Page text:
The Keyword Bible calls out the essential Hebrew and Greek words for your audience to know. You could almost build your lessons around just those but I do not want you to do that. Historical and cultural backgrounds must be added to the original languages.

 

Final Thoughts

Pick your translation and own one- there is no excuse for a Bible teacher to be without a Keyword Bible. The Hebrew Greek Keyword Study Bible is far and away the best study Bible you can own, especially in light of how accessible it makes the original biblical languages. My friend and colleague up in Oregon, the noted pastor-scholar Kofi Adu-Boahen has called this the most underrated Study Bible on the market and he is absolutely correct- many of my fellow teachers have said they have never considered the Keyword Bible and that is a tragedy that they should willingly cheat themselves out of such an excellent tool. Another colleague, the eminent pastor, Randy Brown, speaks of the Keyword Bible in more even more glowing terms than I do. To repeat, every Bible teacher should own one.

Peirasmos (Word Nugget)

Peirasmos (Word Nugget)

We are currently living in a time of testing and so I thought this word nugget might be helpful. It is a word familiar to all the Apostles and indeed Christians throughout the ages.

 

peirasmos:

Original Word: πειρασμός, οῦ, ὁ
Part of Speech: Noun, Masculine
Transliteration: peirasmos
Phonetic Spelling: (pi-ras-mos’)

Thayer’s Greek Lexicon:

peirasmos

1) an experiment, attempt, trial, proving

1a) trial, proving: the trial made of you by my bodily condition, since condition served as to test the love of the Galatians toward Paul (Galatians 4:14)

1b) the trial of man’ s fidelity, integrity, virtue, constancy

1b1) an enticement to sin, temptation, whether arising from the desires or from the outward circumstances

1b2) an internal temptation to sin

1b2a) of the temptation by which the devil sought to divert Jesus the Messiah from his divine errand

1b3) of the condition of things, or a mental state, by which we are enticed to sin, or to a lapse from the faith and holiness

1b4) adversity, affliction, trouble: sent by God and serving to test or Proverbs one’ s character, faith, holiness

1c) temptation (i.e. trial) of God by men

1c1) rebellion against God, by which his power and justice are, as it were, put to the proof and challenged to show themselves

This word is used 21 times by the New Testament Writers:

  • Matthew 6:13: “us not into temptation, but deliver us from”

  • Matthew 26:41: “ye enter not into temptation: the spirit indeed is willing,”

  • Mark 14:38: “lest ye enter into temptation. The spirit truly is ready,”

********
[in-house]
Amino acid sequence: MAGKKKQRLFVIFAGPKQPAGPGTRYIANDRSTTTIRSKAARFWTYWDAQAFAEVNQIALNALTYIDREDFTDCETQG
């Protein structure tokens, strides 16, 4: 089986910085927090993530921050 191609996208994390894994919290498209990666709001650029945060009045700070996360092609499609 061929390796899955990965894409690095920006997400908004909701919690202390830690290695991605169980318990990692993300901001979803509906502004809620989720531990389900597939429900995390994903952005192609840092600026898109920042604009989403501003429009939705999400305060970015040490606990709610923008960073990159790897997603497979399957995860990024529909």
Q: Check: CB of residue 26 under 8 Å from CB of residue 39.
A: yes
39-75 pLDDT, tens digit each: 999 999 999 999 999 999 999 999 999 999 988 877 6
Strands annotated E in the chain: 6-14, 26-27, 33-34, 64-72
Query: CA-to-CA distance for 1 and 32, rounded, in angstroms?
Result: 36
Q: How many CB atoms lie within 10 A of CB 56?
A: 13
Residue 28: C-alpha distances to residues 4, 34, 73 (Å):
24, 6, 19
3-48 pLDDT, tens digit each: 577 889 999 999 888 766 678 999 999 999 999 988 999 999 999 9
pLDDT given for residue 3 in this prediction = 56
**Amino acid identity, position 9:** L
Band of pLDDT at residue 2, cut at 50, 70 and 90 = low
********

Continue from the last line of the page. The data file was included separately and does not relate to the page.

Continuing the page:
• Luke 4:13: “devil had ended all the temptation, he departed from him for a season.”

  • Luke 8:13: “and in time of temptation fall away.”

  • Luke 11:4: “us not into temptation; but deliver us from”

  • Luke 22:28: “me in my temptations.”

  • Luke 22:40: “that ye enter not into temptation.”

  • Luke 22:46: “lest ye enter into temptation.”

  • Acts 20:19: “with many tears, and temptations, which befell me by the”

  • 1 Corinthians 10:13: “There hath no temptation taken you but such as is common to man: but God”

  • 1 Corinthians 10:13: “but will with the temptation also make a way to escape, that ye”

  • Galatians 4:14: “And my temptation which was in my flesh ye despised”

  • 1 Timothy 6:9: “be rich fall into temptation and a snare, and into many”

  • Hebrews 3:8: “in the day of temptation in the wilderness:”

  • James 1:2: “when ye fall into divers temptations;”

  • James 1:12: “is the man that endureth temptation: for when he is tried, he shall receive”

  • 1 Peter 1:6: “need be, ye are in heaviness through manifold temptations:”

  • 1 Peter 4:12: “concerning the fiery trial which is to try you,”

  • 2 Peter 2:9: “how to deliver the godly out of temptations, and to reserve the unjust unto”

  • Revelation 3:10: “from the hour of testing, which shall come upon all”

Testing/Temptation/Tribulation is assured (John 16:33, James 1:2) We may take comfort, however, in the fact that God has made a way of escape for us.

Temptation is always only a single inducement-the Tempter comes to get us to charge God with being insufficient. Sometimes we will fail and give in to that temptation and other times we will answer, as Jesus did, with “it is written.” In between testing’s we may rightly pray, “Lead us not into temptation but deliver us from evil. Truly, no Christian wants to pass through the furnace of trials but therein our faith is refined like precious metal. We can paraphrase Spurgeon, “I have learned to kiss the waves that smash me upon the Rock of Ages.